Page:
The US says fighting between Turkey, pro-Turkish rebels and Kurdish-aligned forces in northern Syria is "unacceptable" and must stop.
Clashes in places where so-called Islamic State (IS) was not present were a "source of deep concern", the US envoy to the anti-IS coalition tweeted.
Turkish forces have attacked what they say are Kurdish "terrorists" since crossing the border last week.
But the Kurdish YPG militia says Turkey just wants to occupy Syrian territory.
Ankara says it aims to push both IS and Kurdish fighters away from its border.
Turkish forces and allied factions of the rebel Free Syrian Army (FSA) forced IS out of the Syrian border city of Jarablus on Tuesday and have since pounded neighbouring villages held by Kurdish-led, US-backed Syria Democratic Forces (SDF).
Turkey has insisted Kurdish militia, which it regards as terrorists, retreat east across the Euphrates river.
The Kurdish Popular Protection Units (YPG), which dominates the SDF, says its forces have withdrawn, and that the Turkish action against the group was a "pretext" for occupying Syria.
The US Pentagon spokesman renewed Washington's call for the YPG to pull back over the river, which he said had "largely occurred".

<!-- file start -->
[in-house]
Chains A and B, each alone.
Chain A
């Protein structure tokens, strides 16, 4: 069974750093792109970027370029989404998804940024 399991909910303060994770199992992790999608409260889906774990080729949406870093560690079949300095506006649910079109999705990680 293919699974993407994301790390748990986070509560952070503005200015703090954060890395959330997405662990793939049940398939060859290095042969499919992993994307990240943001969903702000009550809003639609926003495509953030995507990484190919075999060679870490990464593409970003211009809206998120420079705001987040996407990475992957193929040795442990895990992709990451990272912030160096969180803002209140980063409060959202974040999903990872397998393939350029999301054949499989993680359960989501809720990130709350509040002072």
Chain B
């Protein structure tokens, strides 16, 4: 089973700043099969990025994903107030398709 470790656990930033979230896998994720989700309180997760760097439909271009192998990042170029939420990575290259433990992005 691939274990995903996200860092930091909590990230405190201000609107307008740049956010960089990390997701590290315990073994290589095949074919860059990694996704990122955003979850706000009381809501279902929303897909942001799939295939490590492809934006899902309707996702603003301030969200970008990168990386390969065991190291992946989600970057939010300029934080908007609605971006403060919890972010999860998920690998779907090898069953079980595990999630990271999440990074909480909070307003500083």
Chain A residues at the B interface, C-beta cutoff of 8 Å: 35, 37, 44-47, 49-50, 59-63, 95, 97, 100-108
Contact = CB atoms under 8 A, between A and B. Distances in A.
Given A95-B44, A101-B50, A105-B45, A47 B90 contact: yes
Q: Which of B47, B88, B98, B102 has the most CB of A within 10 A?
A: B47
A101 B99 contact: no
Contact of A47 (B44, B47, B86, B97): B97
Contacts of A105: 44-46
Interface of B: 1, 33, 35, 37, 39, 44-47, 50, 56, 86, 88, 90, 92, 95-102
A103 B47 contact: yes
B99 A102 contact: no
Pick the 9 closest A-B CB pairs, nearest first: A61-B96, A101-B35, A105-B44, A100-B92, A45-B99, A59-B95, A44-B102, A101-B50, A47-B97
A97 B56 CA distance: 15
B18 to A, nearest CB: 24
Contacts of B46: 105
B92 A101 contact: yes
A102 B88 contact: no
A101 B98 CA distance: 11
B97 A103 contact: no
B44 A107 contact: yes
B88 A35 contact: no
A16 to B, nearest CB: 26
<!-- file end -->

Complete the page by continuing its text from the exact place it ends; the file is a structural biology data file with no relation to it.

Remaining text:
He warned that unco-ordinated operations "provide room for ISIL [IS] to find sanctuary and continue planning attacks against Turkey, the SDF, the United States, and our partners around the world".
Turkish concern over Kurdish expansion increased after the SDF took control of the strategic Syrian city of Manbij two weeks ago.
Turkey has been fighting a Kurdish insurgency in its south-east for decades and fears Kurdish gains in northern Syria will fuel Kurdish separatism at home.
On Sunday, tens of people were killed in Turkish air strikes on Kurdish-held areas near Jarablus.
A monitoring group said at least 35 civilians and four militants had been killed, while the Turkish military said 25 people, all Kurdish militants, died.
Analysis: Guney Yildiz, BBC News
Turkey's coming into conflict with the Kurdish People's Protection Units (YPG) or their Arab allies complicates its military campaign.
Ankara wants to force the Kurds to withdraw to the east of the Euphrates River, stopping short of establishing a corridor to link two Kurdish-led areas in north-western Syria.
Turkey enjoys tacit support from Russia, the Assad government and Iran in acting to prevent further territorial gains by the Kurds and their allies. The US, on the other side, has said it will try to prevent Turkey coming into conflict with its allies in the region.
A possible Turkish campaign against the Kurds in Syria could also risk igniting further clashes with the Kurdistan Worker's Party (PKK) militants inside Turkey. The PKK recently upped its attacks significantly in correlation with the Turkish operation inside Syria.
US anti-IS coalition envoy Brett McGurk tweeted from a Defense Department briefing, saying the US "was not involved in these activities, they were not coordinated with US forces and we do not support them.
"Accordingly, we call on all armed actors to stand down and take appropriate measures to deconflict and open channels of communication."
Turkey is a US Nato ally and member of the anti-IS coalition, but the US support for the YPG has put it at odds with Washington.